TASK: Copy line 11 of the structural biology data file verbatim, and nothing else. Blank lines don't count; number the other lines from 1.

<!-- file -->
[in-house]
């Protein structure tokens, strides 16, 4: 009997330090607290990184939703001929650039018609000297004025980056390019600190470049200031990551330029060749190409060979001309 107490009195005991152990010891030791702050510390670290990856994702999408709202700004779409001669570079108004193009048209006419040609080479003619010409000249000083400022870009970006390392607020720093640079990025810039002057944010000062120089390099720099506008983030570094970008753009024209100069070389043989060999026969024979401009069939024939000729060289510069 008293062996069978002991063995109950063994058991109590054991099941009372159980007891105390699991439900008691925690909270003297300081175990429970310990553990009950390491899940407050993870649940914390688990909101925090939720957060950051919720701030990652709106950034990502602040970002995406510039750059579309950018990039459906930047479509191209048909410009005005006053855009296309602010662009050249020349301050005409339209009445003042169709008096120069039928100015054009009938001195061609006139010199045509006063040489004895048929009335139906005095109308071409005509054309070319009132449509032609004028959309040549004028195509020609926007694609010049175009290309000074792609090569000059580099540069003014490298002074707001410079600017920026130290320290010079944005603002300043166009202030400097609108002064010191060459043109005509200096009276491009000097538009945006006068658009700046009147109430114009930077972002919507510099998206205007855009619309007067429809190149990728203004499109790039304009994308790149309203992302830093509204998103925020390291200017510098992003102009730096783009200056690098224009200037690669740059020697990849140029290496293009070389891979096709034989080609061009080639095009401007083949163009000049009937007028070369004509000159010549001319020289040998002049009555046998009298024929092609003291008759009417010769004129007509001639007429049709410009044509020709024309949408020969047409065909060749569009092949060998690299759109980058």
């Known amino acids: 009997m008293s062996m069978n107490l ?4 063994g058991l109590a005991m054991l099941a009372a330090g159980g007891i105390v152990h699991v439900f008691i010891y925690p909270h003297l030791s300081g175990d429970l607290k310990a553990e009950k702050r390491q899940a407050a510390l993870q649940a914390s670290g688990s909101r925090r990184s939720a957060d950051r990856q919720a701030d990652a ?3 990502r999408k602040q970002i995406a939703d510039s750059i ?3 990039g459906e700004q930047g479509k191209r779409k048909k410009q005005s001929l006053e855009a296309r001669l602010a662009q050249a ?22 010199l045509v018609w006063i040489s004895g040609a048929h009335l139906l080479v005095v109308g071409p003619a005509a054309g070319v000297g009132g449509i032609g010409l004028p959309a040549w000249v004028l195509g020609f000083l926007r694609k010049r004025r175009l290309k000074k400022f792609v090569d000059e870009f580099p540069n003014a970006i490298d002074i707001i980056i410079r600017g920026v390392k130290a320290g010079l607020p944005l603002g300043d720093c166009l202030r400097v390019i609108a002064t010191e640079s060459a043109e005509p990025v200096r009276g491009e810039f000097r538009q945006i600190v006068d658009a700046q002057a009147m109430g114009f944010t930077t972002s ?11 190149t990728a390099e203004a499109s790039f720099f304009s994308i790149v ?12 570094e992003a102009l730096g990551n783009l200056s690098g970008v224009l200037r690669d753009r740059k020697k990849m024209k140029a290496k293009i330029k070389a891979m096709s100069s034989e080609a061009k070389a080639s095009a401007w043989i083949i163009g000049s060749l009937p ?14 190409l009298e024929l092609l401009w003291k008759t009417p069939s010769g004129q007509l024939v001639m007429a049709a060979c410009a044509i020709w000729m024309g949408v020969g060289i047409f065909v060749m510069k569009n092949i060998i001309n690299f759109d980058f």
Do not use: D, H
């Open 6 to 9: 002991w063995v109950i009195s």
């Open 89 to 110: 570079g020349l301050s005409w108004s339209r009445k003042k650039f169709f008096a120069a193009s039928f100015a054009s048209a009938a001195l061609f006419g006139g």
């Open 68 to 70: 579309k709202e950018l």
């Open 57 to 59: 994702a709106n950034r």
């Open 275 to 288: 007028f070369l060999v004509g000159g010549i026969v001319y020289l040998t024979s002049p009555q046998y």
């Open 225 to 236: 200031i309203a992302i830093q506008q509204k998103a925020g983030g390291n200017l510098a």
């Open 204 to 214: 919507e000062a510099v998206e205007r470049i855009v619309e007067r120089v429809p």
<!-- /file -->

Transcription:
């Open 204 to 214: 919507e000062a510099v998206e205007r470049i855009v619309e007067r120089v429809p």